Anomalous Affections refers both to the narrator’s accommodation of Parkinson’s disease and to her propensity for loving inappropriately. The first part of the book charts the psychological effects of the diagnosis of a chronic disease on her and her partner in the context of the many disappointments of middle age. She finds parallel experiences in the life of Isabelle de Charrière, a French writer of the late eighteenth century. She’s moved to look at her own past (part 2) and tells of her father’s love for her and her mother’s jealousy and, in her twenties, of her unrequited passion for an older man - a relationship that would be repeated thirty-five years later with a psychotherapist. Part 3 describes this eroticised transference.
Questions arise about the therapist’s complicity in her sexual obsession (a complicity that remains ambiguous). Love alternates with rage; she resorts to silence as a weapon. The power imbalance between patient and therapist troubles her, but it seems that this unacceptable structure brings results: she slowly frees herself from her obsession and is able to feel a simple fondness for him. Described by one psychotherapist as a ‘terrifying account of an eroticised transference’, this fiction is unusual in presenting a patient’s viewpoint.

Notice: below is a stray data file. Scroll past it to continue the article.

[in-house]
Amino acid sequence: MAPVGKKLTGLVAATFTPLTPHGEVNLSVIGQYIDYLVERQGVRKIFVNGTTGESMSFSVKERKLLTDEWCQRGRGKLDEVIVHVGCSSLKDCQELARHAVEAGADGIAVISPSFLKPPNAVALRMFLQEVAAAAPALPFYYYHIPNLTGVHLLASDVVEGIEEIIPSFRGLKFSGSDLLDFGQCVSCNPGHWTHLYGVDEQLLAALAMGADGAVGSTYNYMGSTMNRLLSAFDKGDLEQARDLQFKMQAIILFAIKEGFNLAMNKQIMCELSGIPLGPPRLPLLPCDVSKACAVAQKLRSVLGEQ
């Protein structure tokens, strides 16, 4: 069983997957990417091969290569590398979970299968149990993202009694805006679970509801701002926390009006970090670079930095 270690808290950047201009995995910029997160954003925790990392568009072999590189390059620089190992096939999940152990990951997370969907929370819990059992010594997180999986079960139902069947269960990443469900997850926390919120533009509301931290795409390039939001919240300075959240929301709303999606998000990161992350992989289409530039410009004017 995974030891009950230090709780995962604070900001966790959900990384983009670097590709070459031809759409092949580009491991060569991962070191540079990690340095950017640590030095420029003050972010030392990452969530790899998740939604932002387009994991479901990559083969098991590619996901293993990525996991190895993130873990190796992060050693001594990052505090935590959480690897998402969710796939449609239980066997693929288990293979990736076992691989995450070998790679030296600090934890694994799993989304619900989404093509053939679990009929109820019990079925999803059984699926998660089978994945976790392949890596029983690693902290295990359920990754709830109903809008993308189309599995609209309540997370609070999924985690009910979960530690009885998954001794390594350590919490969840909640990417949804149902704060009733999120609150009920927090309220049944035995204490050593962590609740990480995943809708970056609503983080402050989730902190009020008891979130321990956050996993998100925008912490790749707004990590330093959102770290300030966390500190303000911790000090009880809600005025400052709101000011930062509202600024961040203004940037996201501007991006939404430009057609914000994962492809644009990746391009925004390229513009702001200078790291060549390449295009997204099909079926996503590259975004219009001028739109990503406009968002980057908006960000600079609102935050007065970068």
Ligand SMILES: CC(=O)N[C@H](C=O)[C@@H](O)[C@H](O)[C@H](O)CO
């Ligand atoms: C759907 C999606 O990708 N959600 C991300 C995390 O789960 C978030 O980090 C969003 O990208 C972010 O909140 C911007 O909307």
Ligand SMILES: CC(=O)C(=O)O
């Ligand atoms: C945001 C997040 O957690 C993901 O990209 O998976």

About the Author:
Judith Ravenscroft was born in 1947 and grew up in Hampstead, London. She studied History at London University and became an editor of academic books and of Shakespeare. She started to write fiction after meeting her partner, Timothy Hyman, a painter. Her stories have appeared in various magazines and have won prizes, most recently for her writing about Parkinson’s. She was diagnosed with the disease in 1997, aged fifty.